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PostPosted: Wed Jan 24, 2018 6:38 am 
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I know more about Highland pipe pedagogy than I do about that of other instruments, and with Highland pipes there are many teachers who won't take on adult beginners... they want to focus on youngsters who have the potential to become prize-winning players.

In the years of being in the piping scene I've only known two people who took up the pipes as adults and rose to high levels on the competition circuit (Grade One, and Open).

They shared the following attributes:

1) prior musical experience
2) inherent ability
3) top-notch instruction
4) fanatical dedication
5) schedules which allowed vast amounts of practice time (two to six hours a day)

For every person like that there are hundreds of adults who dabble with the pipes and never get anywhere, and hundreds more who are dedicated to learning but due to starting later in life and/or lacking one or more of the attributes listed above only rise to the level of basic competence (which is no small thing).

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1978 Quinn uilleann pipes
1945 Starck Highland pipes
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PostPosted: Wed Jan 24, 2018 9:41 am 
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pancelticpiper wrote:
For every person like that there are hundreds of adults who dabble with the pipes and never get anywhere, and hundreds more who are dedicated to learning but due to starting later in life and/or lacking one or more of the attributes listed above only rise to the level of basic competence (which is no small thing).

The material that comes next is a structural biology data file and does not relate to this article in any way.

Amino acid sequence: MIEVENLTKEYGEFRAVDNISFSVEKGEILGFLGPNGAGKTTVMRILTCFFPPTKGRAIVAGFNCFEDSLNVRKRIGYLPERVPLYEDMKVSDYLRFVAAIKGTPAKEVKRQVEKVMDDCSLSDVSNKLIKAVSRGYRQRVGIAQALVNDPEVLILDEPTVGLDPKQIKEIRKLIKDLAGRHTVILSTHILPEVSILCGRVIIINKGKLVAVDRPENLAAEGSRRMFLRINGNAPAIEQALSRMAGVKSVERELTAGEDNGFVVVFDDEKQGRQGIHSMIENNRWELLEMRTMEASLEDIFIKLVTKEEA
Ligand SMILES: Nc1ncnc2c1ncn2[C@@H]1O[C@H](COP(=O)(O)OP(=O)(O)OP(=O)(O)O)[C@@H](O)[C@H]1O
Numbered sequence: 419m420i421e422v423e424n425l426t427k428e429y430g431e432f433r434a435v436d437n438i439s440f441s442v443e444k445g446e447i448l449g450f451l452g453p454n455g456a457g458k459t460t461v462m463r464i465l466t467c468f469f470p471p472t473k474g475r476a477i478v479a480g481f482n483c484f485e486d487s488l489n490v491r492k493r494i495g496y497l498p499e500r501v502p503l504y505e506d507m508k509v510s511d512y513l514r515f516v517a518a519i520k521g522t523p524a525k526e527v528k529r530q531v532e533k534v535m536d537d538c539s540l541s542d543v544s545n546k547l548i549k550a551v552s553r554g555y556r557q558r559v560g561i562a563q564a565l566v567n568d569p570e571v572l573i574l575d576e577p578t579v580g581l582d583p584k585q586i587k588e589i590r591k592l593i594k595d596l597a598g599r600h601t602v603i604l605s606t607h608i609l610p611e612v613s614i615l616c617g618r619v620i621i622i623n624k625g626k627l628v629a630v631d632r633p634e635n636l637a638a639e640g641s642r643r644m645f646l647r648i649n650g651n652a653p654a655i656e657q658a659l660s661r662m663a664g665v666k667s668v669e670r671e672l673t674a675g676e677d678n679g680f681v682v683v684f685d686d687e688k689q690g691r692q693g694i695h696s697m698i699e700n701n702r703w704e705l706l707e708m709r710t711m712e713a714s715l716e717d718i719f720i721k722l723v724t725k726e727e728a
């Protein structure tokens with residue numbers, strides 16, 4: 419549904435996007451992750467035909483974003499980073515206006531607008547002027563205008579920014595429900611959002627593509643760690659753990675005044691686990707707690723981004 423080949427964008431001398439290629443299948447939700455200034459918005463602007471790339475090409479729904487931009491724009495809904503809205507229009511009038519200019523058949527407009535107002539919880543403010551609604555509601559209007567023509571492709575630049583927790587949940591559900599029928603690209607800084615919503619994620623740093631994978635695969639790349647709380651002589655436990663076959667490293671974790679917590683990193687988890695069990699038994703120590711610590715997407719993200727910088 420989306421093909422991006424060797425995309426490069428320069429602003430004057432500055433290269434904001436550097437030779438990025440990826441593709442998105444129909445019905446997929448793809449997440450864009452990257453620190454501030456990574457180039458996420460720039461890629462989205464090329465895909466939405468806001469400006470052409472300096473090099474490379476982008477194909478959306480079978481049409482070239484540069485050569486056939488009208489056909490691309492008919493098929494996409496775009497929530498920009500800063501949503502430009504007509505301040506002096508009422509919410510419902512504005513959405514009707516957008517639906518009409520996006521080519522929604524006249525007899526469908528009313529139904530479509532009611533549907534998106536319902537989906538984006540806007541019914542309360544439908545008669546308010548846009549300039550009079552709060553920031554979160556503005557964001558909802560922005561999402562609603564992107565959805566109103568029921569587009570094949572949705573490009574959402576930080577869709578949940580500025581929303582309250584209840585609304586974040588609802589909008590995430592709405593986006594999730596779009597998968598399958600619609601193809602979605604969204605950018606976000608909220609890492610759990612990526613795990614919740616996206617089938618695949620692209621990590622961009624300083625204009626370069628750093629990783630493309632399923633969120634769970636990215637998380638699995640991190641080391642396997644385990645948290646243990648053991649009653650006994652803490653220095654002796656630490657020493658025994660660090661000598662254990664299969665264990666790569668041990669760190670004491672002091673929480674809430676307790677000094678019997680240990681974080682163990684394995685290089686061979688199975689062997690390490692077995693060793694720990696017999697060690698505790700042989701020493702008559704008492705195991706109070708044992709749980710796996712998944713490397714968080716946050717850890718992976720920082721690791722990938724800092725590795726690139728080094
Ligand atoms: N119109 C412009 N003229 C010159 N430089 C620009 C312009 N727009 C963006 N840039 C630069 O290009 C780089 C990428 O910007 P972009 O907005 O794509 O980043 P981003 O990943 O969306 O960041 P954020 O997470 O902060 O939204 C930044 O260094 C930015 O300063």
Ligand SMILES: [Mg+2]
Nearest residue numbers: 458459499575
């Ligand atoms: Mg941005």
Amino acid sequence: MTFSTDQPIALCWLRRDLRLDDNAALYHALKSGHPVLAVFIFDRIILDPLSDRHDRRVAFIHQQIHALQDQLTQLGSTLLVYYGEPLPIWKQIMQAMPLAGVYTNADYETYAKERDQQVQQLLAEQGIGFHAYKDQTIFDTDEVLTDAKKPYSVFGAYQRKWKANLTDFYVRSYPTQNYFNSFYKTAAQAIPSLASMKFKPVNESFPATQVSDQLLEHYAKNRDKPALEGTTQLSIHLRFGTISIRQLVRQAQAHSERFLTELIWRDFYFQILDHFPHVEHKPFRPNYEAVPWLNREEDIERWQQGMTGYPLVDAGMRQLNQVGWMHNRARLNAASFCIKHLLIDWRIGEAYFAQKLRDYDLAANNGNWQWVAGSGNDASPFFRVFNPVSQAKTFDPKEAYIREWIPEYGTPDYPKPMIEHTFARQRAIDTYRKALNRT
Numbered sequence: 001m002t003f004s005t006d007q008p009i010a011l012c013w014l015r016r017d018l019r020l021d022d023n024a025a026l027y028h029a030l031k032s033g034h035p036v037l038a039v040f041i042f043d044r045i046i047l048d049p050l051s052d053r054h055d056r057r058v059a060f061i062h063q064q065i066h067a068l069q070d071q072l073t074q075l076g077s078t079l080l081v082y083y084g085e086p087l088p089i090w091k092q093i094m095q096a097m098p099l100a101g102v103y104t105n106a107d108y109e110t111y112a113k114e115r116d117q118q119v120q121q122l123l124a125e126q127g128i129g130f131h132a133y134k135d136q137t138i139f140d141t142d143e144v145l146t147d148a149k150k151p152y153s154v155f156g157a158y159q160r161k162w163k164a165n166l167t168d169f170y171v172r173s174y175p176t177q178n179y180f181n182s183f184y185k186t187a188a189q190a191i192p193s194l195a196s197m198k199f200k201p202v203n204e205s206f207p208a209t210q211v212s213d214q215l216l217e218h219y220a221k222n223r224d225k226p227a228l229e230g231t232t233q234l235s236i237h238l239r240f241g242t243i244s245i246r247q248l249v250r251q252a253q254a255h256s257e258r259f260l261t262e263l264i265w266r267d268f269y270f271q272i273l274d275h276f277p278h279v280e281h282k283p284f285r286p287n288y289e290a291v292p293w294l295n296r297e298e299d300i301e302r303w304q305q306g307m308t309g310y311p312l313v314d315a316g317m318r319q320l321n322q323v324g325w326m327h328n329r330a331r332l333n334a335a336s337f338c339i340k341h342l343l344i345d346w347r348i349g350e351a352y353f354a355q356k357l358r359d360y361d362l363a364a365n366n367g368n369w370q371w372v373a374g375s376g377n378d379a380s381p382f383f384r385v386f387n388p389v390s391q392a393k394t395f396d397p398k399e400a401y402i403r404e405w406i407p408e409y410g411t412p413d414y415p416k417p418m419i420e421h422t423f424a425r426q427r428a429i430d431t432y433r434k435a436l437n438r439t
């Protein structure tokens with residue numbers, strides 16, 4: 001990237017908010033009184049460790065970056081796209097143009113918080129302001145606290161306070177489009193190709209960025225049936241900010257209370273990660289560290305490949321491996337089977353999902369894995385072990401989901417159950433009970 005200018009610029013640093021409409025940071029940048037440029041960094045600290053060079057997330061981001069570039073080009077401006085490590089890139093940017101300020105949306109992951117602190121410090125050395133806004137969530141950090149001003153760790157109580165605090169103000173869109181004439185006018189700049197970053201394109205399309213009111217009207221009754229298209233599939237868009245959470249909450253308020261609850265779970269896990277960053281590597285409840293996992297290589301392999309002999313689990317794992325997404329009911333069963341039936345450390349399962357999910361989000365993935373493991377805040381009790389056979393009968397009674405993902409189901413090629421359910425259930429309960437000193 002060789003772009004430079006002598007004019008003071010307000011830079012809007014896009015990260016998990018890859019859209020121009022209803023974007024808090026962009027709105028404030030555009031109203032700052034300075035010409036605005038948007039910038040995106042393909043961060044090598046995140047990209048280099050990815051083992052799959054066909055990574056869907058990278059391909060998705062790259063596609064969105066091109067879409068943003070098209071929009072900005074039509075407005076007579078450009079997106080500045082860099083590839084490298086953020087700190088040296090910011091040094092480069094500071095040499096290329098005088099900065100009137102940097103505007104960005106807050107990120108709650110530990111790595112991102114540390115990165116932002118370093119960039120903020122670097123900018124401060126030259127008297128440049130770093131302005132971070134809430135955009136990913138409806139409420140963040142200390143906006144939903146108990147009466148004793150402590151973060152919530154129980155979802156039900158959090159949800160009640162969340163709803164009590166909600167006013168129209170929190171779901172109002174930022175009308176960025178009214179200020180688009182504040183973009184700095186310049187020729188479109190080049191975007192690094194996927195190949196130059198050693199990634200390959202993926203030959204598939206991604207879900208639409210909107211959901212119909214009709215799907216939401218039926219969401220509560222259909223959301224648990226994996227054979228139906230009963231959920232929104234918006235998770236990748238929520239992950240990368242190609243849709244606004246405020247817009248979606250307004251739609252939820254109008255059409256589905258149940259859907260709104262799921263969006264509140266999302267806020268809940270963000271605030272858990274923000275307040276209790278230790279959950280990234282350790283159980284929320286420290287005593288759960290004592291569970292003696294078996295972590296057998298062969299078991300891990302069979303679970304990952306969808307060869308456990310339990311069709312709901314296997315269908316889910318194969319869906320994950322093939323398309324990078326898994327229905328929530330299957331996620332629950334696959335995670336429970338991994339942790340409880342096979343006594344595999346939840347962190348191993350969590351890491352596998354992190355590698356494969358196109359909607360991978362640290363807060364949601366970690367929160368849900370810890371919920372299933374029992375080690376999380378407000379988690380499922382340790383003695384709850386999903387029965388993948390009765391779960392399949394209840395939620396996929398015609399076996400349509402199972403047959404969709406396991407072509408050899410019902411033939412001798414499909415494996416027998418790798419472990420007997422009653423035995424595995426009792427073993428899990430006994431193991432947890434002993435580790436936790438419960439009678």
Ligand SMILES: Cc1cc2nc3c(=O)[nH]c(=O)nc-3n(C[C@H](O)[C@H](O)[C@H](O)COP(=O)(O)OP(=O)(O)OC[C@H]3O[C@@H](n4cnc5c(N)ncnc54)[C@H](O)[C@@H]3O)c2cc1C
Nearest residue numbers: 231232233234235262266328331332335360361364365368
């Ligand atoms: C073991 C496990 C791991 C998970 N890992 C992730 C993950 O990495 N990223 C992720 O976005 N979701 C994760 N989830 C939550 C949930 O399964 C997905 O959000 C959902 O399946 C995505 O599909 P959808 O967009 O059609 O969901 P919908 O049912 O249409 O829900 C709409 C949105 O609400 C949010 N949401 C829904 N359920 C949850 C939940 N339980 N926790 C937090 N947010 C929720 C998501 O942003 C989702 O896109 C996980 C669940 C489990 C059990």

I love that you put that last phrase in parenthesis there. Some of us find great joy in slowly becoming able to play modestly at home or with friends in a non-professional capacity. Speaking for myself, it adds much pleasure to my life to play simple tunes that I love... at home, with a friend or two or with my husband, and on several different instruments. I'll never be a competition level player of any instrument... but that's totally not why I play music. I play music because it bathes my soul in happiness when I string together some phrases and notes that sound lovely to me.

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PostPosted: Wed Jan 24, 2018 1:54 pm 
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Such an interesting off-topic discussion that I must participate:

I pretty much agree with Chifmunk. For some, I may not be "old" enough per se to express this convincingly, but I suppose in regard of instrument learning I am. I'm closer to 30 than 20 of age myself and I chose to take up the Uilleann pipes no earlier than a little less than a year ago (with a few years' history with whistles) even though I was very aware that it is a difficult instrument, especially when beginning with very little or with no face-to-face consultation of other pipers available, and with only a handful of other pipers in the whole country I live in for that matter. It was something I had wanted to do for a long time and I felt the need for it. I'm making progress slowly yet surely and I enjoy every minute of it. That being stated, I'm quite confident that I can eventually reach a skill level high enough to play in sessions and maybe small performances, while being absolutely content with the fact that I'll never be a competitor in the art of pipes, which never was an intention of mine, and so be it. I guess I mean to say that the fact that you'll never be as good as the best ones should, in my opinion, never be a reason not to do something that you really want to do in your life.